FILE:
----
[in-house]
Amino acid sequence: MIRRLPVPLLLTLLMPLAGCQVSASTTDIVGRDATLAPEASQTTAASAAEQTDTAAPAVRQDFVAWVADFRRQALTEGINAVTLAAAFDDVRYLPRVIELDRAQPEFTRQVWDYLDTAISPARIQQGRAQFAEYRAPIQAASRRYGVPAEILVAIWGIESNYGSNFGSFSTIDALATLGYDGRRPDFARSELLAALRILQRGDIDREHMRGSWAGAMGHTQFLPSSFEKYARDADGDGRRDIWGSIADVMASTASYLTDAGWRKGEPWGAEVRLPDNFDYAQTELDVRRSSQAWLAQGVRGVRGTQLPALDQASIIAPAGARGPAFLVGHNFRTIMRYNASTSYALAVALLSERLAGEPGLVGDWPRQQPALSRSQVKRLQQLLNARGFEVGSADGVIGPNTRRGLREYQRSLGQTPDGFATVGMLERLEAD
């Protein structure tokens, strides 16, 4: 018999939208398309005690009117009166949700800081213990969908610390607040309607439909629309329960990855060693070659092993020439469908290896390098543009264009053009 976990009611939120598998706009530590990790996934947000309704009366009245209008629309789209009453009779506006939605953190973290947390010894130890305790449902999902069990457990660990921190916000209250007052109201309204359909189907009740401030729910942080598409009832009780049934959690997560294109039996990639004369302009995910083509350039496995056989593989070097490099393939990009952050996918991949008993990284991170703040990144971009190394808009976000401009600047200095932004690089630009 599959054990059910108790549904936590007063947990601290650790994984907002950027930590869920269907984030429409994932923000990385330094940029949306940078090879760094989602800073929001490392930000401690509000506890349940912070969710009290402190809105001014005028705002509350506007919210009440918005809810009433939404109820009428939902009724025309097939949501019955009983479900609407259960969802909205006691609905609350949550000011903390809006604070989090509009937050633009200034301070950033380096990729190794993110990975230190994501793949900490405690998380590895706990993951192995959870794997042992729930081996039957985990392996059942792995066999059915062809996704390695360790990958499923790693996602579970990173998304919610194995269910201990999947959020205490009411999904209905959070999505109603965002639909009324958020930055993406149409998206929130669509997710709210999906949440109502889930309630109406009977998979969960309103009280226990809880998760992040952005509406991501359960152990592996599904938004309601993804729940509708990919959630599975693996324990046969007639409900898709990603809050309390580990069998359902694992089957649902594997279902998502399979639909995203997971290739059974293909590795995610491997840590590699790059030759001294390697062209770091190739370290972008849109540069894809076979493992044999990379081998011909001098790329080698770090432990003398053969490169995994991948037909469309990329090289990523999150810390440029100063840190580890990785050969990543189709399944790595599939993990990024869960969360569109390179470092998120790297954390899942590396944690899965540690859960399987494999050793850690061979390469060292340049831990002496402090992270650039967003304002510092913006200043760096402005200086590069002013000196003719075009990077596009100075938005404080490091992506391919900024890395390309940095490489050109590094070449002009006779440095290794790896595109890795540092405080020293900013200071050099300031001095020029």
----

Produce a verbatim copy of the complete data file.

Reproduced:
[in-house]
Amino acid sequence: MIRRLPVPLLLTLLMPLAGCQVSASTTDIVGRDATLAPEASQTTAASAAEQTDTAAPAVRQDFVAWVADFRRQALTEGINAVTLAAAFDDVRYLPRVIELDRAQPEFTRQVWDYLDTAISPARIQQGRAQFAEYRAPIQAASRRYGVPAEILVAIWGIESNYGSNFGSFSTIDALATLGYDGRRPDFARSELLAALRILQRGDIDREHMRGSWAGAMGHTQFLPSSFEKYARDADGDGRRDIWGSIADVMASTASYLTDAGWRKGEPWGAEVRLPDNFDYAQTELDVRRSSQAWLAQGVRGVRGTQLPALDQASIIAPAGARGPAFLVGHNFRTIMRYNASTSYALAVALLSERLAGEPGLVGDWPRQQPALSRSQVKRLQQLLNARGFEVGSADGVIGPNTRRGLREYQRSLGQTPDGFATVGMLERLEAD
């Protein structure tokens, strides 16, 4: 018999939208398309005690009117009166949700800081213990969908610390607040309607439909629309329960990855060693070659092993020439469908290896390098543009264009053009 976990009611939120598998706009530590990790996934947000309704009366009245209008629309789209009453009779506006939605953190973290947390010894130890305790449902999902069990457990660990921190916000209250007052109201309204359909189907009740401030729910942080598409009832009780049934959690997560294109039996990639004369302009995910083509350039496995056989593989070097490099393939990009952050996918991949008993990284991170703040990144971009190394808009976000401009600047200095932004690089630009 599959054990059910108790549904936590007063947990601290650790994984907002950027930590869920269907984030429409994932923000990385330094940029949306940078090879760094989602800073929001490392930000401690509000506890349940912070969710009290402190809105001014005028705002509350506007919210009440918005809810009433939404109820009428939902009724025309097939949501019955009983479900609407259960969802909205006691609905609350949550000011903390809006604070989090509009937050633009200034301070950033380096990729190794993110990975230190994501793949900490405690998380590895706990993951192995959870794997042992729930081996039957985990392996059942792995066999059915062809996704390695360790990958499923790693996602579970990173998304919610194995269910201990999947959020205490009411999904209905959070999505109603965002639909009324958020930055993406149409998206929130669509997710709210999906949440109502889930309630109406009977998979969960309103009280226990809880998760992040952005509406991501359960152990592996599904938004309601993804729940509708990919959630599975693996324990046969007639409900898709990603809050309390580990069998359902694992089957649902594997279902998502399979639909995203997971290739059974293909590795995610491997840590590699790059030759001294390697062209770091190739370290972008849109540069894809076979493992044999990379081998011909001098790329080698770090432990003398053969490169995994991948037909469309990329090289990523999150810390440029100063840190580890990785050969990543189709399944790595599939993990990024869960969360569109390179470092998120790297954390899942590396944690899965540690859960399987494999050793850690061979390469060292340049831990002496402090992270650039967003304002510092913006200043760096402005200086590069002013000196003719075009990077596009100075938005404080490091992506391919900024890395390309940095490489050109590094070449002009006779440095290794790896595109890795540092405080020293900013200071050099300031001095020029």